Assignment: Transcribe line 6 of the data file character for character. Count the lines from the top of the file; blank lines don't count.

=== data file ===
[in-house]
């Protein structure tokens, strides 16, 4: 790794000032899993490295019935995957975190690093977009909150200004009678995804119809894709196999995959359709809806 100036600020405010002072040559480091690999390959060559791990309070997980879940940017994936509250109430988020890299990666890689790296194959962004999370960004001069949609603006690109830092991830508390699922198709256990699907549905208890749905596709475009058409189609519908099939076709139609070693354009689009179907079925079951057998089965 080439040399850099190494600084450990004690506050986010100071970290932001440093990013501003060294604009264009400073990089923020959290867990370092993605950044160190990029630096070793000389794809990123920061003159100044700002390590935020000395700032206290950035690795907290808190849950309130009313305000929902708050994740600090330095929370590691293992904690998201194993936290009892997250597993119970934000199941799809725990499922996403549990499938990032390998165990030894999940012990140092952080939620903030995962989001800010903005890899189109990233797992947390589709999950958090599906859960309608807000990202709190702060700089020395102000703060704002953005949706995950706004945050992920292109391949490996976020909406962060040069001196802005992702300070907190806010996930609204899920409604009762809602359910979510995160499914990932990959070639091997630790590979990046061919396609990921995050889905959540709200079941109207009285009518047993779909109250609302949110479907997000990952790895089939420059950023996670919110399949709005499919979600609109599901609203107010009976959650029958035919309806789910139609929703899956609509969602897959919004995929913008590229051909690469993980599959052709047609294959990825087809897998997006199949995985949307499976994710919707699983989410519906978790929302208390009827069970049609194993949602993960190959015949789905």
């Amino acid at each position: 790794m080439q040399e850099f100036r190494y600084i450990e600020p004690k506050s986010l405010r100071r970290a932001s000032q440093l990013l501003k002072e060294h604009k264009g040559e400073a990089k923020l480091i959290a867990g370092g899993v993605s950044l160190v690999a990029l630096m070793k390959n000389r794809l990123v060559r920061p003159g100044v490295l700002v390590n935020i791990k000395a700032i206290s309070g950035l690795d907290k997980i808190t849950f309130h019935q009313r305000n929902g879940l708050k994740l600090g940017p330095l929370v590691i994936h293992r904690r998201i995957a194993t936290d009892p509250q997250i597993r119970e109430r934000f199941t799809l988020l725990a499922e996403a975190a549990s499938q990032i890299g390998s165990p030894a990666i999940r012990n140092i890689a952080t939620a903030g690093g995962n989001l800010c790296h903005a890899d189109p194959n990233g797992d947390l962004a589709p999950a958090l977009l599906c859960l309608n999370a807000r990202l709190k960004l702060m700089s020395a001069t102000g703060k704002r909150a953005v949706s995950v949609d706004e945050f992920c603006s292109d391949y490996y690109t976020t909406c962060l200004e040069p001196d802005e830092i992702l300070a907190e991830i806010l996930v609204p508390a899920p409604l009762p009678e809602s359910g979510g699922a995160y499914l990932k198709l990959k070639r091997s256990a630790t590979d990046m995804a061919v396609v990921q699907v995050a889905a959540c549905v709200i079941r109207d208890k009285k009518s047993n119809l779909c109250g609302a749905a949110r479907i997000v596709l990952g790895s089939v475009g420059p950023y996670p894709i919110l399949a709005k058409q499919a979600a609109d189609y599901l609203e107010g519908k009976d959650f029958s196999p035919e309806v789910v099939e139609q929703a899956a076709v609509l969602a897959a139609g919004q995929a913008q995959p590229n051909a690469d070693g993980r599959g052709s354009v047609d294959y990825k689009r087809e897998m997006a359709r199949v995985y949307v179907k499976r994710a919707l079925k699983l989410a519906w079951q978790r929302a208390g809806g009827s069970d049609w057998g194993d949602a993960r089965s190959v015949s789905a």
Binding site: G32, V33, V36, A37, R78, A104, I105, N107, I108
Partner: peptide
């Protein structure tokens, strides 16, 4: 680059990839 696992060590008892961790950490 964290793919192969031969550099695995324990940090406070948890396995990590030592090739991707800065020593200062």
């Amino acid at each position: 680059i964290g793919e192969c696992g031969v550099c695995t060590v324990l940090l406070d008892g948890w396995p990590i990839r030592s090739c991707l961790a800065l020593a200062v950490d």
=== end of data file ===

């Protein structure tokens, strides 16, 4: 680059990839 696992060590008892961790950490 964290793919192969031969550099695995324990940090406070948890396995990590030592090739991707800065020593200062």